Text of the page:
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Is menopause causing your tingling extremities, and what can you do?

If you’re experiencing tingling, numbness or a feeling of ‘pins and needles’ in your hands, feet, limbs, face or body, it could be one of the less common symptoms of menopause. It’s called paraesthesia and for many women it seems to coincide with fluctuations in reproductive hormones like oestrogen during perimenopause – the transition to menopause.

Although more research is needed, the link between perimenopause and paraesthesia may involve the roles these hormones play in nerve signalling and circulation around your body.

Menopausal paraesthesia can be disconcerting and distracting, but for some women it’s also painful – more of a burning sensation than a tingling. Below, we’ll look more closely at paraesthesia symptoms and possible causes, as well as treatments and lifestyle changes that might improve things.

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Do hormone changes during perimenopause and menopause cause paraesthesia?

It’s not completely clear what causes paraesthesia during perimenopause and menopause and there’s currently not much research looking directly at whether it’s linked to hormone changes.

However, fluctuating levels of oestrogen and progesterone do lead to a wide variety of other menopause symptoms, including hot flushes, brain fog and anxiety, and there are some reasons to think the same could be true of paraesthesia.

One clue is the fact that some pre-menopausal women experience paraesthesia in the days before their periods – another time when hormones are in a state of flux and oestrogen levels are low.

We also know that oestrogen plays a role in the functioning of the central nervous system, including how it communicates sensations around your body. It’s possible that changing levels of oestrogen during perimenopause could disrupt these signals, leading to unusual sensations. It may also partly explain why women can become more sensitive to pain during the menopause transition.

Another symptom of menopause can be poorer circulation, particularly to your extremities. Anyone whose arm has ‘gone to sleep’ after they’ve leant on it for too long, will know that cutting off the circulation like this can lead to exactly the kind of numbness, followed by pins and needles, that some women experience during perimenopause.

Still, more research is needed to confirm whether any of these factors do contribute to perimenopausal paraesthesia, and why some women experience it and others don’t.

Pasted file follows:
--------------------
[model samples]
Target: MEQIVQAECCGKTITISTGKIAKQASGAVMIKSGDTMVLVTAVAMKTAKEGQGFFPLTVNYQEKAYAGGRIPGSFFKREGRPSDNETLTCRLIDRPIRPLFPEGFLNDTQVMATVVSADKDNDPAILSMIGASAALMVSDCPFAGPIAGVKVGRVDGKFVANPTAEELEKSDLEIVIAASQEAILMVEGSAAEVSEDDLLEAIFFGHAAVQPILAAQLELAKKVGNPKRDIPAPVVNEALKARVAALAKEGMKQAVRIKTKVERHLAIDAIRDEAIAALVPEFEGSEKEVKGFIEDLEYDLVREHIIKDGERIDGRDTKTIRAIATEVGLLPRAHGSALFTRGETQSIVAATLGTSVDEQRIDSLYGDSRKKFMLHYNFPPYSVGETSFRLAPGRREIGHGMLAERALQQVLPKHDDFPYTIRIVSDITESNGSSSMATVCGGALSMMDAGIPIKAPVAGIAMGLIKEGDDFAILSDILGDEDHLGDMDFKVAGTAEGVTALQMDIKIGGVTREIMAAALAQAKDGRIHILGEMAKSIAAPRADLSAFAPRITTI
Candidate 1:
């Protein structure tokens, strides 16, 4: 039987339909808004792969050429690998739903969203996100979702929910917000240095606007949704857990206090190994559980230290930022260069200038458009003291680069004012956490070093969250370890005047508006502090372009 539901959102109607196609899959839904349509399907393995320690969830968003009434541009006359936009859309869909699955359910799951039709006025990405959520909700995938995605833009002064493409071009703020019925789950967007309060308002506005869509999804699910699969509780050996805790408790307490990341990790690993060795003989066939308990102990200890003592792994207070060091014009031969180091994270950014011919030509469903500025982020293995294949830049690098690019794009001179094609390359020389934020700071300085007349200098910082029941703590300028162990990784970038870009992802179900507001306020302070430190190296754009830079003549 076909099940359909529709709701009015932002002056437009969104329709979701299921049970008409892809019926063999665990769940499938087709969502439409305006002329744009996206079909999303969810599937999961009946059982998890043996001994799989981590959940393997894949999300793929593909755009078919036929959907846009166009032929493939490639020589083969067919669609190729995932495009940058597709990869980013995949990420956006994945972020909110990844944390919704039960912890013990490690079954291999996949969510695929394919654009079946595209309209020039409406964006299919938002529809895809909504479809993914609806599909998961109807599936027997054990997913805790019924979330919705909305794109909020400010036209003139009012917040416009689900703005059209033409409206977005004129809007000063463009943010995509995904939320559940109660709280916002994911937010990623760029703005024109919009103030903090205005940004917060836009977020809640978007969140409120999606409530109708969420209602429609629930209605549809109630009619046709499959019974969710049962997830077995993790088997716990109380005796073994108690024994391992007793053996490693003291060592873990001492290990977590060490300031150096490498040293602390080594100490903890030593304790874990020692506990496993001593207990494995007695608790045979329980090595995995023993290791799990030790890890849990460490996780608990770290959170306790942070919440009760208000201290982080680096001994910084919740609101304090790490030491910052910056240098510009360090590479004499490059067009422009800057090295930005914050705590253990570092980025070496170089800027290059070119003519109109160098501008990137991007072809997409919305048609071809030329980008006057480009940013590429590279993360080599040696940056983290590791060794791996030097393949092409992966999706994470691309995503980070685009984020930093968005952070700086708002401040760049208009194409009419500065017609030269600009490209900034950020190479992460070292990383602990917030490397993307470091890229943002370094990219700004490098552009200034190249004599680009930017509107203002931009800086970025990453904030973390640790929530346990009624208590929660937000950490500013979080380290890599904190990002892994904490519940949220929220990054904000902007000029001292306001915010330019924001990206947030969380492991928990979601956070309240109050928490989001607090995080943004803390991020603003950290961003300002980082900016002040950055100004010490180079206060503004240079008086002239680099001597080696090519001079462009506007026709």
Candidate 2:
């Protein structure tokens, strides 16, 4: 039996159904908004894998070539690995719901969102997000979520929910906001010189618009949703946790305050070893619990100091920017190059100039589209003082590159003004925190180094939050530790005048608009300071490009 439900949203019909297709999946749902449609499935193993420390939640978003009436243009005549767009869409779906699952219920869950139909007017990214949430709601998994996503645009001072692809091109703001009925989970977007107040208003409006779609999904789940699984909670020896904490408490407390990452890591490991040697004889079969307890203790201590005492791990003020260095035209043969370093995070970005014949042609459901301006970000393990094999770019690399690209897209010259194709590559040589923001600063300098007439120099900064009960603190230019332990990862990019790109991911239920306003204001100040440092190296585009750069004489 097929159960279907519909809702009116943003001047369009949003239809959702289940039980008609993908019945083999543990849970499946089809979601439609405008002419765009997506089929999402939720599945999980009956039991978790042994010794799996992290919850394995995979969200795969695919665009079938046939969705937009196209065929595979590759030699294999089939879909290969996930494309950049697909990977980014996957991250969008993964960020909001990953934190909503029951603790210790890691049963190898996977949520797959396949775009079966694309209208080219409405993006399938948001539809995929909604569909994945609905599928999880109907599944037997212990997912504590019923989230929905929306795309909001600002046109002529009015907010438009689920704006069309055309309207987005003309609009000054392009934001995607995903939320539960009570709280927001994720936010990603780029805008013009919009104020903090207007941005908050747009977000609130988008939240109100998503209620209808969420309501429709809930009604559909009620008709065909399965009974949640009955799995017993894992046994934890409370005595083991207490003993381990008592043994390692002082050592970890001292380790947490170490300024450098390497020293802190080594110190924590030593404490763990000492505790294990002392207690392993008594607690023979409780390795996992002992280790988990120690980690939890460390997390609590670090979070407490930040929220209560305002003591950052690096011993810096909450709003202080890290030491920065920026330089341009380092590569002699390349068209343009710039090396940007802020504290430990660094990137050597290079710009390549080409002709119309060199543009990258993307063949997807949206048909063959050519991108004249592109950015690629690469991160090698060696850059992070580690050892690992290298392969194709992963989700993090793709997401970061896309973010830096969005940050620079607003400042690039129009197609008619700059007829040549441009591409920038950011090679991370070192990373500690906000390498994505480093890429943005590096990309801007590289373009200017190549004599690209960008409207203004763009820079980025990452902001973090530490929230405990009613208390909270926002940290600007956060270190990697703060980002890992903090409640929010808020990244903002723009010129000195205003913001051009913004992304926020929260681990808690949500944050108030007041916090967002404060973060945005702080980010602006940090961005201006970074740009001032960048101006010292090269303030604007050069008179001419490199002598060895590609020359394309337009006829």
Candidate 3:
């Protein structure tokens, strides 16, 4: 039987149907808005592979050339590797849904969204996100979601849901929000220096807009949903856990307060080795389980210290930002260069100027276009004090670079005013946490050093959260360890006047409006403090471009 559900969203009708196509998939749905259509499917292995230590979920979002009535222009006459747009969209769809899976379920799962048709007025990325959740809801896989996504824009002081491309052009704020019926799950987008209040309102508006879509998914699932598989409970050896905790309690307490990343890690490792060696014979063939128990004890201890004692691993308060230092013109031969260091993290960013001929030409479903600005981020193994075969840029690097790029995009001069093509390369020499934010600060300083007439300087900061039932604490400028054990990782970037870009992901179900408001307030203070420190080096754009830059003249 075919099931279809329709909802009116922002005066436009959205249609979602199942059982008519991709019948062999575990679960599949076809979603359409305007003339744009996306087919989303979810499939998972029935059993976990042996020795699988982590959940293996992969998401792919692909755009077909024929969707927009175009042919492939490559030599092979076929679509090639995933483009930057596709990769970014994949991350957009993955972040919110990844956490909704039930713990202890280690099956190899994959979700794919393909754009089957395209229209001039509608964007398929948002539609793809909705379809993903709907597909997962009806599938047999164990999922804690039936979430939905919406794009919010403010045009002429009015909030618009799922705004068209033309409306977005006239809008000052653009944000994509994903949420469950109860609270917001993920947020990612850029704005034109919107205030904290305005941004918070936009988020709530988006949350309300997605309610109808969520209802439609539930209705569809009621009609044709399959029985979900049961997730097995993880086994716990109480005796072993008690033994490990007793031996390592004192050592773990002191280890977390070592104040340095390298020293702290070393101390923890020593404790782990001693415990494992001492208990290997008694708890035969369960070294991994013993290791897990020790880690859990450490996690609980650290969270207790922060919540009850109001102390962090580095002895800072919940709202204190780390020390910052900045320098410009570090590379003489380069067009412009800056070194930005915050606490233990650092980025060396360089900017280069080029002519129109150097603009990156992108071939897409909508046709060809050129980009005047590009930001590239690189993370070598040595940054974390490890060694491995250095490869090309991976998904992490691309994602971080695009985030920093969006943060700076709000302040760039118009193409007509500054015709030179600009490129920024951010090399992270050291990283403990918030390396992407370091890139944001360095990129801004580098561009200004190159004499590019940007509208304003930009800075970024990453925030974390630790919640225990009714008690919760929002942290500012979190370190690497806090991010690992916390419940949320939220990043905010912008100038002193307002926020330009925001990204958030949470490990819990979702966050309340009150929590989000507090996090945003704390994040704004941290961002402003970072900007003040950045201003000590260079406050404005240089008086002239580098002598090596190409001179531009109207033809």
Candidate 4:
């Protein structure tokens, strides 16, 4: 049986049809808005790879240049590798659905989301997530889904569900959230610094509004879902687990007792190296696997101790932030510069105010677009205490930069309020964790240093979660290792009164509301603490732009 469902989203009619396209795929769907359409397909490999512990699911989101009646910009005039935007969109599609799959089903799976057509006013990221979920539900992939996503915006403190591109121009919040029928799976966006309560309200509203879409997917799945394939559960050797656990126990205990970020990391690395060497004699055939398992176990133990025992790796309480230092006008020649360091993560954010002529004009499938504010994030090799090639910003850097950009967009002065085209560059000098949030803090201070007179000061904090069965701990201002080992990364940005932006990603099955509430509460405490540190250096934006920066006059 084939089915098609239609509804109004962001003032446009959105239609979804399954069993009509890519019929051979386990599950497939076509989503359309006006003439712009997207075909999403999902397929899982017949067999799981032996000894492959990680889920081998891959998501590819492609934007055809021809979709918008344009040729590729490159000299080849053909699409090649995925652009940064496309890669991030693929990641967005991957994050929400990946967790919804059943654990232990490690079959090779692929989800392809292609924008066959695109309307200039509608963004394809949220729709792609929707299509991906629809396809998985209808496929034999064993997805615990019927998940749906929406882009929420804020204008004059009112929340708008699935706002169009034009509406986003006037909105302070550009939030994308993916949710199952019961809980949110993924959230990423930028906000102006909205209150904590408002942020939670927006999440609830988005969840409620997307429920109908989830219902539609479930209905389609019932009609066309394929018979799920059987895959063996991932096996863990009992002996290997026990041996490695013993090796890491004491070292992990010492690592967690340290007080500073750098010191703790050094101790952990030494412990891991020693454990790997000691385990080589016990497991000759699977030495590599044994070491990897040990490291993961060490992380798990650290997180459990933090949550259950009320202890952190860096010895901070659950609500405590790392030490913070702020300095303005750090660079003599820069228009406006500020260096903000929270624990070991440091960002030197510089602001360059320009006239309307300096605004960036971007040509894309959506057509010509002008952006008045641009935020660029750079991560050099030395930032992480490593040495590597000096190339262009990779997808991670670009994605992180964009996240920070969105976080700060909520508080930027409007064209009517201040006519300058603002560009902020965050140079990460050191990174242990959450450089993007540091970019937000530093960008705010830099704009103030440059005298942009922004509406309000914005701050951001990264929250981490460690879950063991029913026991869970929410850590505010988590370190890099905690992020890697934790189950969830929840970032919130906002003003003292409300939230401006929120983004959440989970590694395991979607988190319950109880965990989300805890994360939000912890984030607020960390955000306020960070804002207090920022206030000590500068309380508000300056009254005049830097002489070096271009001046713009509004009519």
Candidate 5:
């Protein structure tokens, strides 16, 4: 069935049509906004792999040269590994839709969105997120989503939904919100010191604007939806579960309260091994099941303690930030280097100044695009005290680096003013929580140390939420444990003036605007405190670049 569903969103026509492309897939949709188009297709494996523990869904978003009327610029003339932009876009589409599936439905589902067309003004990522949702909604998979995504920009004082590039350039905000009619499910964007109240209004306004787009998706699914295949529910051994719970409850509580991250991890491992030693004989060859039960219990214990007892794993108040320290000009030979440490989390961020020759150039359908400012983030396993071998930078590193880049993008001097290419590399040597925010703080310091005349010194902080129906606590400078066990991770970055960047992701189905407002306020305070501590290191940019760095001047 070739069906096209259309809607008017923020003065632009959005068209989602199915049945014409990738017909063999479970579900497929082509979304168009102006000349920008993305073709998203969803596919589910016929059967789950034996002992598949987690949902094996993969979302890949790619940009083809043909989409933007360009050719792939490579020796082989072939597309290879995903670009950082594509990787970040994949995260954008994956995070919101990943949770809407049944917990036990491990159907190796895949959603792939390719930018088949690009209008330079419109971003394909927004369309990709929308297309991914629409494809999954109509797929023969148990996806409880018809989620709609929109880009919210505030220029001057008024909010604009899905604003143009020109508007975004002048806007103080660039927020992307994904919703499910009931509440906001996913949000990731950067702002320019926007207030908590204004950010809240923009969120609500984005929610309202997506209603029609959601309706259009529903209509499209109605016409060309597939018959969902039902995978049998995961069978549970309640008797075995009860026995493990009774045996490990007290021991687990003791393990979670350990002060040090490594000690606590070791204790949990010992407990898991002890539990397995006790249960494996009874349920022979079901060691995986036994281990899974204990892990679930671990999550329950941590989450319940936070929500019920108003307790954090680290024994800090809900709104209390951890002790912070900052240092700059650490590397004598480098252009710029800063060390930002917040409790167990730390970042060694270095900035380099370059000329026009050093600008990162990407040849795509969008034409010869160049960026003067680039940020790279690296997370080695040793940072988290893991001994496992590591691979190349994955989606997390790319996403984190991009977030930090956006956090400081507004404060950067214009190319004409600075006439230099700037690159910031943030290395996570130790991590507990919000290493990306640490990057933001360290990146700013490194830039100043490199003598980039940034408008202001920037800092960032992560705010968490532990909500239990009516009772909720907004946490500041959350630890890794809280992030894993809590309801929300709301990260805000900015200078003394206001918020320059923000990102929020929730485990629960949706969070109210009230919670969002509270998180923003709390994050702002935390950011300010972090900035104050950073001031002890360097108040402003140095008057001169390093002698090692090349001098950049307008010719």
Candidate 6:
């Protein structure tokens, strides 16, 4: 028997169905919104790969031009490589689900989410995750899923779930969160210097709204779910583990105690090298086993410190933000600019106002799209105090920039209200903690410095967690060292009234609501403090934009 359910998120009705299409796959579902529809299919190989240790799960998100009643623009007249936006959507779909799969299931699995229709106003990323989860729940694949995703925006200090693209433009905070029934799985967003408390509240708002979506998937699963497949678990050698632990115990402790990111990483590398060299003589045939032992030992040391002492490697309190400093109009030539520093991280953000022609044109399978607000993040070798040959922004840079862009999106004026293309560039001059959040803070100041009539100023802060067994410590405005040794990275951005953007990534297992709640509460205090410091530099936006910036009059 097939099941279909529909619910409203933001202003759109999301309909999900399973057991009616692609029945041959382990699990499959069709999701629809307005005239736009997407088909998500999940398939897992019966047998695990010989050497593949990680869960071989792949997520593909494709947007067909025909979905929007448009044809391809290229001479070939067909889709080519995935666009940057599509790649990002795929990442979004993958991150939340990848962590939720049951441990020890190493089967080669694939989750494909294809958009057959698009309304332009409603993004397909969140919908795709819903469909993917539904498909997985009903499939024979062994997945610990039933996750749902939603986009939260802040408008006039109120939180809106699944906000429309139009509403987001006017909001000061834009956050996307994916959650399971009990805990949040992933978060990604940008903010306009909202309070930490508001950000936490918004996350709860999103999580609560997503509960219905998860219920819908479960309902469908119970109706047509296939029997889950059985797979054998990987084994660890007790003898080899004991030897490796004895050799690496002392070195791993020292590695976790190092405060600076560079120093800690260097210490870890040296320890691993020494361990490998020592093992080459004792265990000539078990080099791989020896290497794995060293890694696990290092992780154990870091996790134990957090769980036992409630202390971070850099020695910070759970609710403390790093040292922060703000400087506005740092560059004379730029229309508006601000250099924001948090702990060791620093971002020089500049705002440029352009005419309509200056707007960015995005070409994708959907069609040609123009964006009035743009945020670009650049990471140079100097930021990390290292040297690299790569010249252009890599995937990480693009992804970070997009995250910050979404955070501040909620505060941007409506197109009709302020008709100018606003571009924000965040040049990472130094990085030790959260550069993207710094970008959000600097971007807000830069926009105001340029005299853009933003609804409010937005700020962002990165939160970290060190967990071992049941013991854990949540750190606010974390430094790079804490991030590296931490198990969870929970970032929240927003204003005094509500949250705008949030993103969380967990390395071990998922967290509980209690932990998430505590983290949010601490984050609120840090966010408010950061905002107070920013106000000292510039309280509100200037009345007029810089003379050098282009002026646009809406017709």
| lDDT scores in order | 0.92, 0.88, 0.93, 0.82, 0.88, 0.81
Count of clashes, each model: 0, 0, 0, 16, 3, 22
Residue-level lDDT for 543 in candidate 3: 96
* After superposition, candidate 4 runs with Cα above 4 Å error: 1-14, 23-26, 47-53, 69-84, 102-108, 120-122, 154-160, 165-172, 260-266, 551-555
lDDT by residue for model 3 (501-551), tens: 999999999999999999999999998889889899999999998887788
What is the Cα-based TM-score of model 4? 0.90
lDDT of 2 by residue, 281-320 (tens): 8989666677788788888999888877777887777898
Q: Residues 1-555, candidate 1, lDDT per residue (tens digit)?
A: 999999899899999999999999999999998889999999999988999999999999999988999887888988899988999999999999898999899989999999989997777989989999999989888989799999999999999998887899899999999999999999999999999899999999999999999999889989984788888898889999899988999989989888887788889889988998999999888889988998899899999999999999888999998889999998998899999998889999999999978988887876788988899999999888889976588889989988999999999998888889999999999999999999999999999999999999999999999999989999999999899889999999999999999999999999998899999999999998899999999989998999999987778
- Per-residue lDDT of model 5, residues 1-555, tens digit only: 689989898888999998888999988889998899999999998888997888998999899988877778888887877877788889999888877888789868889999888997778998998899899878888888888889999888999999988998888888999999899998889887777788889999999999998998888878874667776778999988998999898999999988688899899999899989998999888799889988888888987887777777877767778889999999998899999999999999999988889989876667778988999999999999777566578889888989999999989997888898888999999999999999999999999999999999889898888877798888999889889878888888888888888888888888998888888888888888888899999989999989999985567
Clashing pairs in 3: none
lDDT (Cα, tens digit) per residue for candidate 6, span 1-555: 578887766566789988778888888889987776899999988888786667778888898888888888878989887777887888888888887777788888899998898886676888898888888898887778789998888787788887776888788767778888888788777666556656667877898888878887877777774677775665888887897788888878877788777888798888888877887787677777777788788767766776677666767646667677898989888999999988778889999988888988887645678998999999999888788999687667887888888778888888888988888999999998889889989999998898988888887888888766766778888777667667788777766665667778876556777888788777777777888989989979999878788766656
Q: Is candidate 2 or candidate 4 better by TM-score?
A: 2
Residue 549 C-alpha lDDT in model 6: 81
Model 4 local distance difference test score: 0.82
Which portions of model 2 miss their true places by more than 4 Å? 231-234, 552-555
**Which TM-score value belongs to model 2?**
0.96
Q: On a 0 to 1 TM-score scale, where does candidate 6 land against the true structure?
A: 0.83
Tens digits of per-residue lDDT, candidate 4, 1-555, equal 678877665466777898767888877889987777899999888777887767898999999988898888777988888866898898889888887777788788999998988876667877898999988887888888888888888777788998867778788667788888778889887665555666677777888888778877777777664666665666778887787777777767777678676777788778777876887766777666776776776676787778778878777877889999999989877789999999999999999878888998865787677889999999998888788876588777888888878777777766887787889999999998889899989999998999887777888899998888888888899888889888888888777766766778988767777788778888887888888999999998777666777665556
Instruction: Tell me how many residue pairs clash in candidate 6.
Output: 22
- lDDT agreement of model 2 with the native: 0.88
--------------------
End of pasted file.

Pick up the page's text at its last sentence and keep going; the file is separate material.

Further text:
What does menopausal paraesthesia feel like?

Although menopausal paraesthesia is most often described as a tingling feeling, you may experience any of a whole range of sensations in the affected areas.

Some of the different ways women describe their paraesthesia include:

  • tingling
  • buzzing
  • pins and needles
  • prickling
  • crawling
  • static
  • numbness
  • stinging
  • burning
  • nerve pain
  • electric shock

You may also experience different sensations at different times, such as numbness followed by pins and needles.

Where in your body can you get menopausal paraesthesia?

Everyone’s experience of perimenopause and menopause is different and women report paraesthesia in a wide range of places around their bodies, including:

  • hands and feet
  • arms and legs
  • face and head
  • ears
  • chest, torso or whole body

Symptoms may change over time, moving from one place to another. You may also feel them in very specific areas, such as a particular numb spot.

It’s important to be aware that paraesthesia can sometimes be a symptom of another health condition. See the section at the bottom of this article for more details and to find out when you should see a doctor.

Tingling and numb hands and feet

Tingling in your extremities, such as your hands and feet, is one of the most common forms of paraesthesia. It can often be felt as pins and needles and the areas can become numb.

While not dangerous in itself, numbness in your feet could mean you’re more at risk of losing your balance and falling, while numb fingers and hands can make it hard to grip and to do things like type or write.

Tingling face or head

Your face is another common location for paraesthesia. You may feel it on just the lower part of your face, including your lips. It can sometimes feel as if there’s something on your face that you want to brush off.

As well as a tingling sensation, paraesthesia around your head can be a pulsating feeling or involve sharp pains.

Tingling ears

If you’re experiencing tingling ears during perimenopause or after menopause, you’re not alone. Some women notice it specifically on their ear lobes, and even inside their ears.

While this tingling sensation on your skin is not the same as tinnitus – a ‘phantom’ ringing sound in your ears – some women do experience the two together during perimenopause.

Treatments and lifestyle changes that may help with paraesthesia